Thursday, May 16, 2013

Telling Testimony

I know this image is difficult to see at this size, but it is one whole page from the March 23, 1863, edition of the Frankfort Tri-Weekly Commonwealth. On it are 76 notices for runaway slaves that were incarcerated in Kentucky county jails. There is only one ad not for runaways (bottom right corner).

What is really surprising though is that this page shows only three county jails; Jefferson (Louisville), Warren (Bowling Green), and Franklin (Frankfort). The runaways are noted as coming largely from neighboring state Tennessee. A number also come from Alabama. Some are from as far away as Mississippi, Louisiana, and South Carolina.

The proliferation of ads at this time are due, of course, in part to the disruption that the Civil War caused to a slaveholding society. Enslaved people used that disruption to make their attempt to break away from bondage and get a taste of freedom. Some, like these, were caught. But, it makes one wonder, if this many were captured, just how many remained undetected?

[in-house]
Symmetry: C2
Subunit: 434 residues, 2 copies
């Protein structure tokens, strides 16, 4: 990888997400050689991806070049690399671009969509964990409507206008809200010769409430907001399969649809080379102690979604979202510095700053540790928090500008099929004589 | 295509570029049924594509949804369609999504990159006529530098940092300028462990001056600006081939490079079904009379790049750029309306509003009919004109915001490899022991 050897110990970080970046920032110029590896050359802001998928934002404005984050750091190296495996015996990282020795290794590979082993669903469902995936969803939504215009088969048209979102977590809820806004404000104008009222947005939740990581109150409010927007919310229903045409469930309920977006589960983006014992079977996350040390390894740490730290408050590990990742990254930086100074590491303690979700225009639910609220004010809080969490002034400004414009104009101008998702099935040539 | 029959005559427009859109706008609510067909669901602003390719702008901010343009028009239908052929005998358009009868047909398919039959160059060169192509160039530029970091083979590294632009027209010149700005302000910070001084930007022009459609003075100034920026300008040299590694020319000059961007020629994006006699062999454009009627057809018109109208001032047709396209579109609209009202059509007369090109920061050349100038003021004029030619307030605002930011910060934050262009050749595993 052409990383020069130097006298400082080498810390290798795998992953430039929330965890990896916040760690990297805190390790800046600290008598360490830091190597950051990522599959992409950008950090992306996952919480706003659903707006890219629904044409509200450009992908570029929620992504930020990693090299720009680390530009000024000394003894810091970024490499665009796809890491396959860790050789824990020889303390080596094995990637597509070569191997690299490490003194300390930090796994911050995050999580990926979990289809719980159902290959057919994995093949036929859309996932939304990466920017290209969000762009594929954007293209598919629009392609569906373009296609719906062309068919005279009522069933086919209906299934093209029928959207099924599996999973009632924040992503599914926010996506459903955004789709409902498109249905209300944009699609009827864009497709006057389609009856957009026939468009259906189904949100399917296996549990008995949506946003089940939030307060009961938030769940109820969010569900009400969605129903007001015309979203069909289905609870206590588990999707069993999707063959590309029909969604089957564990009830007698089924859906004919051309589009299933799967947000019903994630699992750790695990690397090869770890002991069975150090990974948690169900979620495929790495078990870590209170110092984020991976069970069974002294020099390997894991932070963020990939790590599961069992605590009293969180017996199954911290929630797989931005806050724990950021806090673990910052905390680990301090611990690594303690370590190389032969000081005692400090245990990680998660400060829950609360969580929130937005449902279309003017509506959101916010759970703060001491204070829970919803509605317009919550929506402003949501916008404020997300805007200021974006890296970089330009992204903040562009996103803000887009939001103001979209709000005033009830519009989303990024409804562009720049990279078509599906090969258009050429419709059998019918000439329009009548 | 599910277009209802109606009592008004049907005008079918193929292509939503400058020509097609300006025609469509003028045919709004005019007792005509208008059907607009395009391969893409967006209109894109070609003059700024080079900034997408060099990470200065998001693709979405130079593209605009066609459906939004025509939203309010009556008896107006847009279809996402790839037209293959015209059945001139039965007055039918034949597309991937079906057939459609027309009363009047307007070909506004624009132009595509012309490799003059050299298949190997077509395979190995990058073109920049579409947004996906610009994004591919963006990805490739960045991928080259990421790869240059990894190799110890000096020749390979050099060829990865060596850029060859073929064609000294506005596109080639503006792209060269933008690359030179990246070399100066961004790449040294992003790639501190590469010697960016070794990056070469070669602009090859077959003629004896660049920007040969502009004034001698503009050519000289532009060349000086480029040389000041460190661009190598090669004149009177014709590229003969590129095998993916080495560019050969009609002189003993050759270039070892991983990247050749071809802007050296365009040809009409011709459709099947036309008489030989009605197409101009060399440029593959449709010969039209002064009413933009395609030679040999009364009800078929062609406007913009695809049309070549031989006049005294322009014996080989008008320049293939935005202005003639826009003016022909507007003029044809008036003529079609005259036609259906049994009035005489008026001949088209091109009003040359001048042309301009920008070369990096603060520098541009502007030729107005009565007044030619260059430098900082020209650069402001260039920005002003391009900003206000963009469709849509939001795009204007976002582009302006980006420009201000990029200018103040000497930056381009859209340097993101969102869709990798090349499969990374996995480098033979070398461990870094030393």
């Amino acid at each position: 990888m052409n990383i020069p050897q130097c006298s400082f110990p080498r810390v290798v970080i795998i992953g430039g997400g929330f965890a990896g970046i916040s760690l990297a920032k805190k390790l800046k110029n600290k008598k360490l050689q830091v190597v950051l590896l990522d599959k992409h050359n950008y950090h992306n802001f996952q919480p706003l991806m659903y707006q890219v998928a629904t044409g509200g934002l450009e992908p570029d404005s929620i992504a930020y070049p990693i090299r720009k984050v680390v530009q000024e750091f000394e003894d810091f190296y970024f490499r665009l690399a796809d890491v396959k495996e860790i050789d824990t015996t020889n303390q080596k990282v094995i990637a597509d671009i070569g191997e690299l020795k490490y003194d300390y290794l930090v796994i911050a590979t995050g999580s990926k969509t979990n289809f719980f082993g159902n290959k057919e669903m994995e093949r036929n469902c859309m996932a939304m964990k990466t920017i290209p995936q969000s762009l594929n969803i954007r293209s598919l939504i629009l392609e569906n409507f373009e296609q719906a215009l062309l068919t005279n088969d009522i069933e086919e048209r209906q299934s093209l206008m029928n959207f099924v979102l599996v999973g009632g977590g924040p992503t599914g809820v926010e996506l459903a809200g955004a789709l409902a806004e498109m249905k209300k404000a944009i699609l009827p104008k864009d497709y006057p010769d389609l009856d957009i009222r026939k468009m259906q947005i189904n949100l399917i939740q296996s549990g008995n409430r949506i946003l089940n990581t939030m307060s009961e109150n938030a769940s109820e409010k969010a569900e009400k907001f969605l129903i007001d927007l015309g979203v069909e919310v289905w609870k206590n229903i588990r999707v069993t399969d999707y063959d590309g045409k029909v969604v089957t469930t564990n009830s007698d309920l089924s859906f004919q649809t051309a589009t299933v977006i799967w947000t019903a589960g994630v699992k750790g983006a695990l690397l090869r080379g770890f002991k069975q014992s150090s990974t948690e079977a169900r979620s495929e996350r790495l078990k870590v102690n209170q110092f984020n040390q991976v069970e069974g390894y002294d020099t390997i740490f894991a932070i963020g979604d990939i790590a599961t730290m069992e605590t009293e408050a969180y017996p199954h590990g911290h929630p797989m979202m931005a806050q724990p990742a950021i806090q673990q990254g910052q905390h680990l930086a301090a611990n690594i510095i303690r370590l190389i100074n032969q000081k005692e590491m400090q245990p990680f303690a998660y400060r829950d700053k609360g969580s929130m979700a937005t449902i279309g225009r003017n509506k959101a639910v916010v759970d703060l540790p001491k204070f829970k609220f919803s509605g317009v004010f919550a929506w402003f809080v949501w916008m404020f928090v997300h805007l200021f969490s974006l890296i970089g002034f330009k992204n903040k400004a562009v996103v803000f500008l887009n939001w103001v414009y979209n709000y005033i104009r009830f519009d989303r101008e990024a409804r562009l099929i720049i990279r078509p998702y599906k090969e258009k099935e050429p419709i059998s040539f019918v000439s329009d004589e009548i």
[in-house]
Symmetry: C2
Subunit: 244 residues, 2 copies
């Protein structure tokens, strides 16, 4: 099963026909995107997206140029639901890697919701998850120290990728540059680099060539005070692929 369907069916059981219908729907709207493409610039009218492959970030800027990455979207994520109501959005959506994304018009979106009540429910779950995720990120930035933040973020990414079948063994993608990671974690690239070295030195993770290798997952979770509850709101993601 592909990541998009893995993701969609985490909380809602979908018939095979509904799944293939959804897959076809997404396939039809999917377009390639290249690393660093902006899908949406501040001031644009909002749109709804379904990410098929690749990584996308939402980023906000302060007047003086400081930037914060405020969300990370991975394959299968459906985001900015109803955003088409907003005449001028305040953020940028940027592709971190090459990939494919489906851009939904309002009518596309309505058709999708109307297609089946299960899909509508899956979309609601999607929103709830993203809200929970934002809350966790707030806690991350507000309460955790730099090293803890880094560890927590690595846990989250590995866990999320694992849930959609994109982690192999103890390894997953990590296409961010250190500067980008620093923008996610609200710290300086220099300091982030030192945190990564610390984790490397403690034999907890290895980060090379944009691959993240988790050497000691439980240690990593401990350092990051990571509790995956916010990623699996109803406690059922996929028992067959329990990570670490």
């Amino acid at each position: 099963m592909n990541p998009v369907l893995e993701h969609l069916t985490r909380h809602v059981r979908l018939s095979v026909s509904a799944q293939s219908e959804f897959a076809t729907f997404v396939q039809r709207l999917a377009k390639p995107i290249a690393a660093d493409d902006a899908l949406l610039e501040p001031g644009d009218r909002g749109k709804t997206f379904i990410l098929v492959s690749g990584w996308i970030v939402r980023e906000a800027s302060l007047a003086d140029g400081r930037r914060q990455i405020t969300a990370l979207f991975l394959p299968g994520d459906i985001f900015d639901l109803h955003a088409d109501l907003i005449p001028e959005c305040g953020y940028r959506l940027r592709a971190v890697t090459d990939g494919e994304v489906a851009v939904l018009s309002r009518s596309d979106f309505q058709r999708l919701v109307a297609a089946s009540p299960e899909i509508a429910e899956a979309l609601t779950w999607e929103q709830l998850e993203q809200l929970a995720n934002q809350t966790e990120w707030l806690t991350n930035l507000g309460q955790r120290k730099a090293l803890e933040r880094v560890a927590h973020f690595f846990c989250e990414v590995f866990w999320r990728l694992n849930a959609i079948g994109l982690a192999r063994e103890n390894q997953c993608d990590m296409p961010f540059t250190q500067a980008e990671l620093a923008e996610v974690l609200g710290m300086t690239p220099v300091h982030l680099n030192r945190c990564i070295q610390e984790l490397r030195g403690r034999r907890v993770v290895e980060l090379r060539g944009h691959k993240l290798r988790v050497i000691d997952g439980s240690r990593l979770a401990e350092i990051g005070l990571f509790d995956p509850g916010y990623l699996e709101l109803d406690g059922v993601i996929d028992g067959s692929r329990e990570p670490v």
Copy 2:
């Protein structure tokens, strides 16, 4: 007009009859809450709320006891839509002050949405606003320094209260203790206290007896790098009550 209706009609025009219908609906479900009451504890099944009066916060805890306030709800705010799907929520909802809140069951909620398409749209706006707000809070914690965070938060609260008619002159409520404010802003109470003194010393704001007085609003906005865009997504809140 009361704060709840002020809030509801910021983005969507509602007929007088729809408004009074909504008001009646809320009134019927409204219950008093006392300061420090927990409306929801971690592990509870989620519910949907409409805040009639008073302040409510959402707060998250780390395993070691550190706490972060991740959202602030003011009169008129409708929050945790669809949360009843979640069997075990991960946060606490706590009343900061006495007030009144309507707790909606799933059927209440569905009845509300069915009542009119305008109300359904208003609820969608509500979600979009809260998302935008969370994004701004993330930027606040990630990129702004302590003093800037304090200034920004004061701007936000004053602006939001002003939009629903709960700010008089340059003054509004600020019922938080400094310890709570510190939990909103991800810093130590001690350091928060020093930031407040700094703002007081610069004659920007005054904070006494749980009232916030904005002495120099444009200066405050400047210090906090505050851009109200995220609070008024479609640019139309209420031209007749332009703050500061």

The second reason so many ads appear at this time was that Kentucky passed a new law on March 2, 1863, that dealt specifically with runaway slaves. The previous state law demanded that county jailers advertise captured runaways for six months. If the slaves were not claimed by their owners within that time they were to be sold to pay for their keep. But, apparently due to the large number of arrested runaways in Kentucky caused by the war, the law was amended to reduce their keep to one month, at which point they could be sold. Since many of the slaves were from owners in what was at that time was the Confederate States (another country) there was little chance that these slave owners would "come forward, prove property and pay charges," and thus these people would "be dealt with as the law requires." And additionally, potentially produce some much needed revenue for the county.

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